Book Review: A History of Modern Palestine

By Jim Miles

A History of Modern Palestine – Second Edition.  Ilan Pappe.  Cambridge University Press, N.Y. 2006.  361 p.

A traditional history is the one written by the ‘winners’, the elites that make up the winners, or those that serve them either through ignorance or through free will, or through the overbearing filter of the mass media that creates the whole mythology and belief system about their country’s actions and events.  It presents the story through the eyes of the generals (with maybe a hero or two thrown in for good measure), the politicians, the communiqués and agendas of the government (but not the backroom wheeling and dealing), and the government’s own propaganda that is often taken for gospel (somewhat literally in this ‘modern’ era).  It is about dates and negotiations that occur within the upper echelons between combatants, without revealing that they often having the same if not similar interests in maintaining some kind of status quo within their own societies.   What a traditional history does not do, except possibly for a brief sanitized anecdote that assuages the writers guilt by acknowledging the atrocities that are committed, is tell the story of the people, the workers, labourers, the farmers, the women and children, and the different stories that they bring to events shaped by the powers that be. 

The alternate histories, those that acknowledge the effects (or lack of) on the masses of people, those that put the negotiations into their correct perspective of those in power mainly jockeying for the salvation of their own privileged positions (not always, but always present, even if only as an undercurrent) are called revisionist or reductionist.  They bring a much more valuable analytical view at history, looking back not at the technical details of who won what battle where or who signed what agreement when, but looking back at the effects on the populations of the areas involved and how they are influenced by these decisions, and then how their reactions would eventually reach a point where the upper tier would have to pay attention to them.  More importantly, they assume a critical eye that does not accept at face value the societal values imposed through the media and government sources, but looks deeper into information to reveal contradictions, false promises, back-handed dealings, and personal biases and – in some cases – personal idiocy.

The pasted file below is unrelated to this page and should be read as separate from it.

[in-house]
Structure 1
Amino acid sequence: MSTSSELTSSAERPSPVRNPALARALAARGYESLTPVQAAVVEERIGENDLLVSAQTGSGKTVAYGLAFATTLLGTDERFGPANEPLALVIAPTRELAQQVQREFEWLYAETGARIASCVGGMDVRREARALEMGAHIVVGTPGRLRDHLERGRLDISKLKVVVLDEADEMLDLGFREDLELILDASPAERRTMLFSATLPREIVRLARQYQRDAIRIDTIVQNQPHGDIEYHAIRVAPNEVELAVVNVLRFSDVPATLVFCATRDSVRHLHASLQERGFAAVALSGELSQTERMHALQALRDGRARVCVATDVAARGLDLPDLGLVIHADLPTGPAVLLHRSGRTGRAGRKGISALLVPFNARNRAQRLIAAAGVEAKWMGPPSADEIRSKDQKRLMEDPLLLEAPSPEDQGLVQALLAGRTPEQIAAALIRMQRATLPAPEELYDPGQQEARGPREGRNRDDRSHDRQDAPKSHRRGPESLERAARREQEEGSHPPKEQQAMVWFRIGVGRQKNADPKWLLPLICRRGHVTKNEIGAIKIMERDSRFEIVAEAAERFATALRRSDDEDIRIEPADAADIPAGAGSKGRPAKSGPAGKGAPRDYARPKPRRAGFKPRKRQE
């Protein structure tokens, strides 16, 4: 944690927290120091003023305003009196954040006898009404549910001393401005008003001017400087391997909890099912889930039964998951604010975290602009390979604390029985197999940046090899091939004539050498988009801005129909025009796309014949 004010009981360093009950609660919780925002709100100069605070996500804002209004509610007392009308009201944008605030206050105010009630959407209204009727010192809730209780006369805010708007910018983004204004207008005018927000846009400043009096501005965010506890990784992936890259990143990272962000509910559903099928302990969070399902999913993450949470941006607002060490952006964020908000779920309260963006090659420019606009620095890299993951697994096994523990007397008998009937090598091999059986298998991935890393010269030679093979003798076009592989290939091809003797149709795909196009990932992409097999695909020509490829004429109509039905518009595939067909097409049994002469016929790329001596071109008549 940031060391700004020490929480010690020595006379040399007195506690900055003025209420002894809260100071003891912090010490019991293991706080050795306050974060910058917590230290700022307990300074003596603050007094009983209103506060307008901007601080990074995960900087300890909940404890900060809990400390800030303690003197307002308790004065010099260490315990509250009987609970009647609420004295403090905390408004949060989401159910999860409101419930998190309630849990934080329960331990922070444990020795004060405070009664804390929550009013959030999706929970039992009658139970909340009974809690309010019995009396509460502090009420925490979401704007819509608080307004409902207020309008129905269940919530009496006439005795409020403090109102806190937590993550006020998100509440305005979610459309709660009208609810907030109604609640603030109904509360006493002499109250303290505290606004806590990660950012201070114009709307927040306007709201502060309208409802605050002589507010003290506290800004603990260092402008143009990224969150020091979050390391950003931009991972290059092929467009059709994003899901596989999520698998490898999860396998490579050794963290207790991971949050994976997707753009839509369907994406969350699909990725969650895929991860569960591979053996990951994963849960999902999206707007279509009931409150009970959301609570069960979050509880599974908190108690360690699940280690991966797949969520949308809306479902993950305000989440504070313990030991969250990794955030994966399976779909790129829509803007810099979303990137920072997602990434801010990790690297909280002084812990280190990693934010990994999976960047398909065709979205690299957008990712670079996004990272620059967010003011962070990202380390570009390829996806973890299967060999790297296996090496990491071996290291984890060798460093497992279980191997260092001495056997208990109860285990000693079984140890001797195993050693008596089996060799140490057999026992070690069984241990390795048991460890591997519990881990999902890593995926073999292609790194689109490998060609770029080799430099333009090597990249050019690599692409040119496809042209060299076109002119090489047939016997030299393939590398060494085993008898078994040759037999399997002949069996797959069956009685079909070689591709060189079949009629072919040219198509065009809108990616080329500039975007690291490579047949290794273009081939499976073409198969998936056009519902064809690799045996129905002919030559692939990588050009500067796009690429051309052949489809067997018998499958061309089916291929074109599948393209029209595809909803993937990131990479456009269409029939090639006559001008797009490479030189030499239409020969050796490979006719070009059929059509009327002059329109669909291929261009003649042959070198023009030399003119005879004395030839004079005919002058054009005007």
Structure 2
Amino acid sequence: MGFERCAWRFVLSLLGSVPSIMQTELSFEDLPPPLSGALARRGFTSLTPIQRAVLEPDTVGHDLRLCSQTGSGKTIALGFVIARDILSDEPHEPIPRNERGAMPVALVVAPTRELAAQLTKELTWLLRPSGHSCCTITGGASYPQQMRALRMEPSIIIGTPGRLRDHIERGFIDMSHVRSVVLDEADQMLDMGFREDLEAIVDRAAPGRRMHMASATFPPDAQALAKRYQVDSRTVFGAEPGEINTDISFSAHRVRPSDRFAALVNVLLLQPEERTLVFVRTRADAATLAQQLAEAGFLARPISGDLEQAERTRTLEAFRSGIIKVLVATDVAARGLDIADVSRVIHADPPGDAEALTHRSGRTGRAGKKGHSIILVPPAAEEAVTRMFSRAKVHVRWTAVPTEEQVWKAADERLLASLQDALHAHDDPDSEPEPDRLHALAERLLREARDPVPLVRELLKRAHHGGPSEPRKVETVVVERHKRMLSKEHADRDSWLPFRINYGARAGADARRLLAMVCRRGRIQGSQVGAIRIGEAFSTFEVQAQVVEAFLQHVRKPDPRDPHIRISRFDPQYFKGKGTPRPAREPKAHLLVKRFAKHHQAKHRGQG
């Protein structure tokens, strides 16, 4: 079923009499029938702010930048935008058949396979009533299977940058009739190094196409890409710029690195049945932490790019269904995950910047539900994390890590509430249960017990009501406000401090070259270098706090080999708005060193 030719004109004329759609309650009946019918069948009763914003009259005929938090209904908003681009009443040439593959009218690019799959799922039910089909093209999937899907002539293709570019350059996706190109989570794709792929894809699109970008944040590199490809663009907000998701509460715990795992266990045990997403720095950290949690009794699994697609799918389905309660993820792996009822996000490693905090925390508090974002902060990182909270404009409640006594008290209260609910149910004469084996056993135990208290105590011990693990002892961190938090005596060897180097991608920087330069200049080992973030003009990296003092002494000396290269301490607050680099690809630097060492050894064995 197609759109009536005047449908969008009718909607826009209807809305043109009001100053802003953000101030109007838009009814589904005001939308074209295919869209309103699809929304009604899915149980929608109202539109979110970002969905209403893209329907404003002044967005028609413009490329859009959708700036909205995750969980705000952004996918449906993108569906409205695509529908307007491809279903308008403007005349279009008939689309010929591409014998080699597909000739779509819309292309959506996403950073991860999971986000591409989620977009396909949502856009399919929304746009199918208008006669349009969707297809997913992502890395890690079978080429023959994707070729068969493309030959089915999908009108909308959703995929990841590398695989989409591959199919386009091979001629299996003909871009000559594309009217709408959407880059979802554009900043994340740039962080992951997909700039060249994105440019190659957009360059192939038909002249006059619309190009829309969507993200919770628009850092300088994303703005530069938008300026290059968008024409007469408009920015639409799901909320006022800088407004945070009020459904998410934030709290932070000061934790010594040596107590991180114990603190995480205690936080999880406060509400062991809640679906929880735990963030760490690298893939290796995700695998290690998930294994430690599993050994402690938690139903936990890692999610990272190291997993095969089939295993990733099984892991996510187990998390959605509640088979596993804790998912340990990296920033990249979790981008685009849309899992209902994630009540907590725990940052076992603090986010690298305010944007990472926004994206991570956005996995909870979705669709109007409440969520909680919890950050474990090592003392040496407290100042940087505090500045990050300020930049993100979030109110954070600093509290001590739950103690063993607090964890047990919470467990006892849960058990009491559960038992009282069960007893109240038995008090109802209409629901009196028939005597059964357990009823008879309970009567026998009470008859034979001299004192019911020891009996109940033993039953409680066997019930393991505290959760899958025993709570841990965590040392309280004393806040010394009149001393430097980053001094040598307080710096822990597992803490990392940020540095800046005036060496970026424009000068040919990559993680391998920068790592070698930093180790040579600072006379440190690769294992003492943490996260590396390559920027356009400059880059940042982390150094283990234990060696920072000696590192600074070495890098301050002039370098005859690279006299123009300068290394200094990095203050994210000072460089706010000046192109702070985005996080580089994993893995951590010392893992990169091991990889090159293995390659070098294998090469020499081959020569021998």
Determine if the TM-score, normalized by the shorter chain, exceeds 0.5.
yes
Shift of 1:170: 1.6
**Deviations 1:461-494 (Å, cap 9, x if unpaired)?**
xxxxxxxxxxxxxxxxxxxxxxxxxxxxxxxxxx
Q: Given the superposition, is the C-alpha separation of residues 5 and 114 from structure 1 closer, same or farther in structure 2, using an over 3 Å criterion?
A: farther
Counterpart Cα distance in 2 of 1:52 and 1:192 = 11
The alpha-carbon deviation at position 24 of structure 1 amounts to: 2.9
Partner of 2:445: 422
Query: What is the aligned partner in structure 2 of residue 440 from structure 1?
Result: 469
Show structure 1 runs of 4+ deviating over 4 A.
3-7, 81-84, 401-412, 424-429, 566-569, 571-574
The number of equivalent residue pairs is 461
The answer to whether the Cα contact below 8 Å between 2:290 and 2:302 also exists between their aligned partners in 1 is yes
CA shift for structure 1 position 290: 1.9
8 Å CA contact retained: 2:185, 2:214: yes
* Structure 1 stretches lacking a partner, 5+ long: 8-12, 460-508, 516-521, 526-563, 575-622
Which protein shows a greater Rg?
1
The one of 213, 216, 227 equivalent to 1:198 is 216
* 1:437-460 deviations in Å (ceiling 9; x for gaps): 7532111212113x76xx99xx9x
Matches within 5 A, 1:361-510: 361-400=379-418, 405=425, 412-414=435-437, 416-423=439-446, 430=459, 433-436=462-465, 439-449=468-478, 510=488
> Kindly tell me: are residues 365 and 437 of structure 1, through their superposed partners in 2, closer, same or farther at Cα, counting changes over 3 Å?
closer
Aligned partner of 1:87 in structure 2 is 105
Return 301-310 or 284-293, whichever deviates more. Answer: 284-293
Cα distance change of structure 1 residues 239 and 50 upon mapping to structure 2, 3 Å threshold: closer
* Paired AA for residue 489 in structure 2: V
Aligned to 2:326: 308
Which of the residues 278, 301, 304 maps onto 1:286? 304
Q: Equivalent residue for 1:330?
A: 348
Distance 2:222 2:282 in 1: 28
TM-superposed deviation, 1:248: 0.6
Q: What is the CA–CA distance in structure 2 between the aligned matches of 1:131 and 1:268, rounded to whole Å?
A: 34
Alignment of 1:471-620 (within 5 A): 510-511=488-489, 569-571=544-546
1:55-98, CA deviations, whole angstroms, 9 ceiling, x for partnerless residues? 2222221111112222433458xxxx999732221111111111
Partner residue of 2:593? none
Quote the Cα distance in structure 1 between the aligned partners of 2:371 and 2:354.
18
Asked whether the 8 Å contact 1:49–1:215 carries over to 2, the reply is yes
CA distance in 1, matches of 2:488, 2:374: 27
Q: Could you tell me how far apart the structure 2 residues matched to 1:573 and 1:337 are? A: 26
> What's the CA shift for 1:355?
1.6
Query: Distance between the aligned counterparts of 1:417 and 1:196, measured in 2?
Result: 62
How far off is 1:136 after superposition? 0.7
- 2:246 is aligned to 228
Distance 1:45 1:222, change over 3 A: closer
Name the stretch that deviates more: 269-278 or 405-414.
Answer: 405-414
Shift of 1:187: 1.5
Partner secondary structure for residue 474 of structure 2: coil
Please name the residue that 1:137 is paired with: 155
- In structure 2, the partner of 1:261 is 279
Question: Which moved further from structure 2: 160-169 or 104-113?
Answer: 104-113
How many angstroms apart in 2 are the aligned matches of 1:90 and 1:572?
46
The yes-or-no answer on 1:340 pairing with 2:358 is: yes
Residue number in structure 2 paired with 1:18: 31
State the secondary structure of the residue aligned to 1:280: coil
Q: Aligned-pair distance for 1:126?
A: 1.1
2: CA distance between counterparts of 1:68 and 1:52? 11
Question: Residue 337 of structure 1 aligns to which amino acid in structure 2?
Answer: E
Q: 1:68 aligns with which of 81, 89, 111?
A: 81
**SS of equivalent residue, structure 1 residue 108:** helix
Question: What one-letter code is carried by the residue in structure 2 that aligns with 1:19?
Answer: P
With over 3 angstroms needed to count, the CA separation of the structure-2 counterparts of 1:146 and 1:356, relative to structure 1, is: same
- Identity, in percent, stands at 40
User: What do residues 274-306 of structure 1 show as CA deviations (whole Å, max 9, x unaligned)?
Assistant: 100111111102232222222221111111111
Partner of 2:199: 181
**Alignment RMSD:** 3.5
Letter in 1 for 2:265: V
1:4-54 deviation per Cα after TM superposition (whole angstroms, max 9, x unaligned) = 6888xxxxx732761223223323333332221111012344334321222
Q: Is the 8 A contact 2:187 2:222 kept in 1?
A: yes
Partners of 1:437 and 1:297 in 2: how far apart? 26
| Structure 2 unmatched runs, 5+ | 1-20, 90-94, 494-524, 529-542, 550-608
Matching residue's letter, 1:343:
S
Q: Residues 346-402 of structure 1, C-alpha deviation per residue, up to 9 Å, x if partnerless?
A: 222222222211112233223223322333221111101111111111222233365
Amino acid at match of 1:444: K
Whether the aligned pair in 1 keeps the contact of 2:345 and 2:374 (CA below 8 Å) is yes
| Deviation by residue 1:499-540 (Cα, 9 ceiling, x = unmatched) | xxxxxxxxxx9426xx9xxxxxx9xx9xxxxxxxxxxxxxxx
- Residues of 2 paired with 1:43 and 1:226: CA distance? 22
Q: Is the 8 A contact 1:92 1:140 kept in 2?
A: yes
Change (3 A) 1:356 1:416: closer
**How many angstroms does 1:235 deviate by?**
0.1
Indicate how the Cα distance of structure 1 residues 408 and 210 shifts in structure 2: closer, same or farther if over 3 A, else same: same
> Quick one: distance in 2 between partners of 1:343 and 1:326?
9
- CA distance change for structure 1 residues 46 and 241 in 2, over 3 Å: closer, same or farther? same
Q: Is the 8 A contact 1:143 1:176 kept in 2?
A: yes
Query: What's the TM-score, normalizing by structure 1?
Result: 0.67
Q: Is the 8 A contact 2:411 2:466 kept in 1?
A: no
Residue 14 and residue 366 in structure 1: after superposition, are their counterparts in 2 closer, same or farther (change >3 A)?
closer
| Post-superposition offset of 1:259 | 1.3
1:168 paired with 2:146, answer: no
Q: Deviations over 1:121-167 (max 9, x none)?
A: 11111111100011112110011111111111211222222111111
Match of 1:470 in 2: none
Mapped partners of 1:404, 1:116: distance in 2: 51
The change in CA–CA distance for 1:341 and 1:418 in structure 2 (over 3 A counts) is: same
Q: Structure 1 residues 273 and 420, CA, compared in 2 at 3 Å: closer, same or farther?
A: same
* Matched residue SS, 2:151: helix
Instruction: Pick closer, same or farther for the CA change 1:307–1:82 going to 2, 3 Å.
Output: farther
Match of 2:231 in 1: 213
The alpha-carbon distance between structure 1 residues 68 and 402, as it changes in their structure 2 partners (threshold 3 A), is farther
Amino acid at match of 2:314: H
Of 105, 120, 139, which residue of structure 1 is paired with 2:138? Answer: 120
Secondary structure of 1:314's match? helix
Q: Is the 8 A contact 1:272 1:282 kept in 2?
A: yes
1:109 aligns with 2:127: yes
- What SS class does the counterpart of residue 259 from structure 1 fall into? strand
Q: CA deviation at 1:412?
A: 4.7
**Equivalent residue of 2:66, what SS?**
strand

In A History of Modern Palestine, Ilan Pappe brings the latter perspective to life, implicit in the very title as a history of modern Palestine rather than a history of Israel.  His attempt is to “take into account” the two national narratives, without necessarily accepting them as truth, but tries to see an “alternative narrative that recognizes similarities, criticizes overt falsifications, and expands the history of the region to the areas not covered.”  In doing so he admits, “mine is a subjective approach.”  There is no  surprise in the latter statement as it is true of all histories no matter how ‘factual’ they pretend to be, as the mere choice of facts will bias an argument one way or another. 

Without an exact replication of events, the facts will always present a bias, but by choosing from a broader range of information and looking at the “alternative narratives” a more accurate approximate representation of the truth can be made.  Pappe’s general view is highly sympathetic to the Palestinian people, recognizing the general trend of Zionist goals acting as a colonial and occupying force in Mandatory Palestine (itself “the façade of an independent state that was in fact a colony”). 

Within that framework several themes are clearly evident throughout the history of Palestine.  These include the over-riding objective of Jewish land occupation, the dual colonialism of Britain and the Zionists over the Palestinians, followed by that of the Israelis, and concomitant with that, the rise of American support for that colonialism and occupation.  Other patterns emerge, including the severe nature of Jewish retaliation for Palestinian guerrilla actions, as they grew with “ferocity and brutality…often out of all proportion.”  This has carried through into the recent Lebanon war and the ongoing displacement of Palestinians inside the prison-based Bantustans that the remaining Palestinian territory has become.  Militarism as a part of the national culture emerged in 1936, well before the Mandate ended, and negated any form of real negotiative stance except as a diversion to the real purpose of gaining more land.